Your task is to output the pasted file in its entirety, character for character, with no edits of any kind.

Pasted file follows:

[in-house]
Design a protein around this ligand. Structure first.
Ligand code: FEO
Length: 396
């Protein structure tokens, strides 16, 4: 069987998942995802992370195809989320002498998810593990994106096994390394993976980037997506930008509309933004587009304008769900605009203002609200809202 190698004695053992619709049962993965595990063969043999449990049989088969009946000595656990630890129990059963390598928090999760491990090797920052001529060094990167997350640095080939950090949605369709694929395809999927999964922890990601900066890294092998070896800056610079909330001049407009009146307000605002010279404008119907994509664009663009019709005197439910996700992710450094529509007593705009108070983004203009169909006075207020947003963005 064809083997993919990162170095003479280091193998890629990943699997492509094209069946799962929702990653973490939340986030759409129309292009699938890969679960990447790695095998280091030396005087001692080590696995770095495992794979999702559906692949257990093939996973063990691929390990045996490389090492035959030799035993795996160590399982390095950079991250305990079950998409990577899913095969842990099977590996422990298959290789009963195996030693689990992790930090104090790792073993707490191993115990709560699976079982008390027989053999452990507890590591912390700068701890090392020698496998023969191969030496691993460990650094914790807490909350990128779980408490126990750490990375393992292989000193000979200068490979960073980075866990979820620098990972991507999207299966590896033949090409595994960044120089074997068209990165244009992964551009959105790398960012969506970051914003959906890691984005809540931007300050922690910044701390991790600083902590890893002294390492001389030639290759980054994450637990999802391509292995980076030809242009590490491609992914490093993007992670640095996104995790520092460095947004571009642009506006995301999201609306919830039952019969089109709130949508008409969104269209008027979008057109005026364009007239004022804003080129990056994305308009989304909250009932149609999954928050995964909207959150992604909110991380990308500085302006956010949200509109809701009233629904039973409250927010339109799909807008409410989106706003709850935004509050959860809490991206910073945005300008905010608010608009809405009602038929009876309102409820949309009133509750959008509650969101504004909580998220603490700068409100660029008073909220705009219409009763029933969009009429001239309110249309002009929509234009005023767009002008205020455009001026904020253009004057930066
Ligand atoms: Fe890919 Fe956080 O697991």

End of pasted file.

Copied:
[in-house]
Design a protein around this ligand. Structure first.
Ligand code: FEO
Length: 396
């Protein structure tokens, strides 16, 4: 069987998942995802992370195809989320002498998810593990994106096994390394993976980037997506930008509309933004587009304008769900605009203002609200809202 190698004695053992619709049962993965595990063969043999449990049989088969009946000595656990630890129990059963390598928090999760491990090797920052001529060094990167997350640095080939950090949605369709694929395809999927999964922890990601900066890294092998070896800056610079909330001049407009009146307000605002010279404008119907994509664009663009019709005197439910996700992710450094529509007593705009108070983004203009169909006075207020947003963005 064809083997993919990162170095003479280091193998890629990943699997492509094209069946799962929702990653973490939340986030759409129309292009699938890969679960990447790695095998280091030396005087001692080590696995770095495992794979999702559906692949257990093939996973063990691929390990045996490389090492035959030799035993795996160590399982390095950079991250305990079950998409990577899913095969842990099977590996422990298959290789009963195996030693689990992790930090104090790792073993707490191993115990709560699976079982008390027989053999452990507890590591912390700068701890090392020698496998023969191969030496691993460990650094914790807490909350990128779980408490126990750490990375393992292989000193000979200068490979960073980075866990979820620098990972991507999207299966590896033949090409595994960044120089074997068209990165244009992964551009959105790398960012969506970051914003959906890691984005809540931007300050922690910044701390991790600083902590890893002294390492001389030639290759980054994450637990999802391509292995980076030809242009590490491609992914490093993007992670640095996104995790520092460095947004571009642009506006995301999201609306919830039952019969089109709130949508008409969104269209008027979008057109005026364009007239004022804003080129990056994305308009989304909250009932149609999954928050995964909207959150992604909110991380990308500085302006956010949200509109809701009233629904039973409250927010339109799909807008409410989106706003709850935004509050959860809490991206910073945005300008905010608010608009809405009602038929009876309102409820949309009133509750959008509650969101504004909580998220603490700068409100660029008073909220705009219409009763029933969009009429001239309110249309002009929509234009005023767009002008205020455009001026904020253009004057930066
Ligand atoms: Fe890919 Fe956080 O697991």